If you look at some of these individually, there are some kind of wild cases. For one sweet month in 2009 while dating “Desperate Housewives” star Eva Longoria, Mark Sanchez transformed into Broadway Joe Namath reincarnate. Promptly after they broke up, he returned to being Mark Sanchez. Given the NBA success of Tony Parker, Longoria’s other famous athlete flame, are we left to assume she is some kind of master at analyzing game tape or something?
A young Tom Brady got a similar bump from a one-month fling with actress Tara Reid. Side-note: who would have thought at the time that it would be Brady, and not the hard-partying Reid, who would go on to have the more scandalous career?
So circling back to our main question. There is really no evidence that dating someone in the public eye hurts a quarterback’s performance. Our results support those from a broader study along the same lines but including multiple sports. Despite the lack of statistical support, criticism of athlete’s personal lives will probably not go away anytime soon, particularly with the media stoking the fire by biting at any chance to run stories like this, or this, or this. Until The Onion (God bless them) finally gets the right take on the situation and makes everyone involved look silly.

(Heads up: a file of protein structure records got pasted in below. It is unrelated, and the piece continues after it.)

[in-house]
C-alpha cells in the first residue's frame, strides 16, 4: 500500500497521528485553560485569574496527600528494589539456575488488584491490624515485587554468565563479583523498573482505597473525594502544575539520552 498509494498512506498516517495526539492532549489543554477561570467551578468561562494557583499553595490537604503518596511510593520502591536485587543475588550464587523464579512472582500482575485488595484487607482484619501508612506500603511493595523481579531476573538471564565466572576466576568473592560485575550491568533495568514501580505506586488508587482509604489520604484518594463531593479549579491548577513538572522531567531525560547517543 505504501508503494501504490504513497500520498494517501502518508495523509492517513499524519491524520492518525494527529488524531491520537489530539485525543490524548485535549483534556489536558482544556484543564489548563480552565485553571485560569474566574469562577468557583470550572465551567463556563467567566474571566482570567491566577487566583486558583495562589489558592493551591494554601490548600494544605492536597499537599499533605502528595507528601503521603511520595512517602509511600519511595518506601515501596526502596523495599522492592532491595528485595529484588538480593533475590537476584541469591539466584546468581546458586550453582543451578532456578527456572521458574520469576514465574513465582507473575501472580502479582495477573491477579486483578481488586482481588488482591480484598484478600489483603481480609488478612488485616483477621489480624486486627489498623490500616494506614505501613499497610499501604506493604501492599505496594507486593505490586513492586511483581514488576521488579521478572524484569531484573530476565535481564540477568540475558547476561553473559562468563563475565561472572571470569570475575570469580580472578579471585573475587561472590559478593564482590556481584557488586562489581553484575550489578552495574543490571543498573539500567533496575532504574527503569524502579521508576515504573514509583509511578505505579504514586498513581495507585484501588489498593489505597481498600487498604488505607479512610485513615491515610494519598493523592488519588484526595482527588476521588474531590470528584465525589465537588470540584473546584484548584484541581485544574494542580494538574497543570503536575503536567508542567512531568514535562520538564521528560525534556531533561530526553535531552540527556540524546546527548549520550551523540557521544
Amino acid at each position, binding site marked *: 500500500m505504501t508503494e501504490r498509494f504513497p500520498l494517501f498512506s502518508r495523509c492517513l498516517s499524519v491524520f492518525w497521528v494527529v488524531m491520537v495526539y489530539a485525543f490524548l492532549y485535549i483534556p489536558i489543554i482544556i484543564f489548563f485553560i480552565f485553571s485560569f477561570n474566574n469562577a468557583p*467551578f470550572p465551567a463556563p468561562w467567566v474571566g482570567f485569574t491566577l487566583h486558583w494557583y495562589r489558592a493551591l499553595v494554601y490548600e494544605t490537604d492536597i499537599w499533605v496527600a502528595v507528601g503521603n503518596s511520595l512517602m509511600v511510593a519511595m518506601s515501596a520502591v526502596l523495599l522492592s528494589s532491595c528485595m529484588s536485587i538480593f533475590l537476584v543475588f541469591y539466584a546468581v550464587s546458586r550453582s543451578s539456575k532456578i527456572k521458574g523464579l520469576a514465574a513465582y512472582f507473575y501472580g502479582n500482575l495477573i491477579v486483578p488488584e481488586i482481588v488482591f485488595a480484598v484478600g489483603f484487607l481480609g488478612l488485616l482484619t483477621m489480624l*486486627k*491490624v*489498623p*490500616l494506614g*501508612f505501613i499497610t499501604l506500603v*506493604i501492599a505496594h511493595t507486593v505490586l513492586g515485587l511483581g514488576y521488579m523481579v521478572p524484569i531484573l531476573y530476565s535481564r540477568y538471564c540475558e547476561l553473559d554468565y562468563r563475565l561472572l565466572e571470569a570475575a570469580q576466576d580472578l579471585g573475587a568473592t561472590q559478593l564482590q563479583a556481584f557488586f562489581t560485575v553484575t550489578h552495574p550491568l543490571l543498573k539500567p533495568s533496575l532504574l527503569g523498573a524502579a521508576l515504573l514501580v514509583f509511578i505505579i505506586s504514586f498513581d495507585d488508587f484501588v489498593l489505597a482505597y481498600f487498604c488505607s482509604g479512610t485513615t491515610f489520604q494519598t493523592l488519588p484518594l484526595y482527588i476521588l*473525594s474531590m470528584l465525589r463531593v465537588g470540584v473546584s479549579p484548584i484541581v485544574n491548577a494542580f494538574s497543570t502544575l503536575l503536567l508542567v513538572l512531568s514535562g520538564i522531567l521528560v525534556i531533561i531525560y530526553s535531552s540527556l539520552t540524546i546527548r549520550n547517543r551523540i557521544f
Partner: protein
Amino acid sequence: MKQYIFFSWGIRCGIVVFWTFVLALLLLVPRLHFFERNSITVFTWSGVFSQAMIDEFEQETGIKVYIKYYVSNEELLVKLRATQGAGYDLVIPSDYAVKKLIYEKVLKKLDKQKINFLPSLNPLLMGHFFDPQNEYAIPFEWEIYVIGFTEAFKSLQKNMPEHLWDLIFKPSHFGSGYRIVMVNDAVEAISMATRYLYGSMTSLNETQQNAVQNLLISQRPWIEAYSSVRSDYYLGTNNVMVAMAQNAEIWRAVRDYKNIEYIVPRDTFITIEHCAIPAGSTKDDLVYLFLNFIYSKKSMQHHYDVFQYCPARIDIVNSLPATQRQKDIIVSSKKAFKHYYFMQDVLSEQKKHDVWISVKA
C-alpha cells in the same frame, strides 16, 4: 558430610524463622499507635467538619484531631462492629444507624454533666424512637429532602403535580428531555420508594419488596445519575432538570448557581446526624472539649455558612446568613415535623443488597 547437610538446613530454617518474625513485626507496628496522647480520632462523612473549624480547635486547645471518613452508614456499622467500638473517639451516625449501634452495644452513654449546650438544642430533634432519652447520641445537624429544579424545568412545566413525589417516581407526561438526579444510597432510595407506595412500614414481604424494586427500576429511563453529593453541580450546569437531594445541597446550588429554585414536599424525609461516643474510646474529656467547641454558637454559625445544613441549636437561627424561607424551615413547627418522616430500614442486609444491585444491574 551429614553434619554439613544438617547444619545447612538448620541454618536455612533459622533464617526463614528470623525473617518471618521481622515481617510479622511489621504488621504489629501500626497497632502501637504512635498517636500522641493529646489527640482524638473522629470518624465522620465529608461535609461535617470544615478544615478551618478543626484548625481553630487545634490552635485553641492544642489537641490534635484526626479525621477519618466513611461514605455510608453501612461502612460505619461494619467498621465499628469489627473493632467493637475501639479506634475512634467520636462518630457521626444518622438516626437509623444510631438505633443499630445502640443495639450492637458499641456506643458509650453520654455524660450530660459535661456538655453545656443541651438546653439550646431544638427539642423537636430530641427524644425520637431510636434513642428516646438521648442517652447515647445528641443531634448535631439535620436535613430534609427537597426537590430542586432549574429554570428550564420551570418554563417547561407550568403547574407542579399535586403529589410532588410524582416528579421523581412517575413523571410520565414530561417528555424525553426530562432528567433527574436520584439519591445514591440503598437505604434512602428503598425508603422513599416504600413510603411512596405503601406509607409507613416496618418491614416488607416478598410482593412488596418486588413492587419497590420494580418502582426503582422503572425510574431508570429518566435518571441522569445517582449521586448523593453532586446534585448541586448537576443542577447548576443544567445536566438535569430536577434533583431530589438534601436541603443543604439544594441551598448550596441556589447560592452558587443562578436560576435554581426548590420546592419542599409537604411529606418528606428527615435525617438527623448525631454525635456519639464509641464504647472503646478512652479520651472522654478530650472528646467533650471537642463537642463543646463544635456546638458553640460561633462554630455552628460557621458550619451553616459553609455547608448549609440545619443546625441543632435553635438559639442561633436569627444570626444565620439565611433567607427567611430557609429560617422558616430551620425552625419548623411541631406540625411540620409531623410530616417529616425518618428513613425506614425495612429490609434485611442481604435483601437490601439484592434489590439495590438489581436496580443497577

So next time Aaron Rodgers throws a pick or misses an open receiver let’s try to remember three things:
- He’s a professional. It is likely not the result of losing focus because he has a girlfriend. If it were that easy to distract people from doing their job, we should be a lot more concerned about surgeons’ love lives than football players’.
- The numbers do not support claims that dating hurts athletes.
- If we’re true fans of Aaron Rodgers, shouldn’t we support what makes him happy? He doesn’t belong to us just because he wears our team’s jersey, and it makes complete sense he would choose to be with someone similarly attractive and successful in her field. They seem to be really happy and having fun. So Packer fans, let’s leave them alone and start obsessing over the long-term health of Jordy Nelson’s ACL for a while.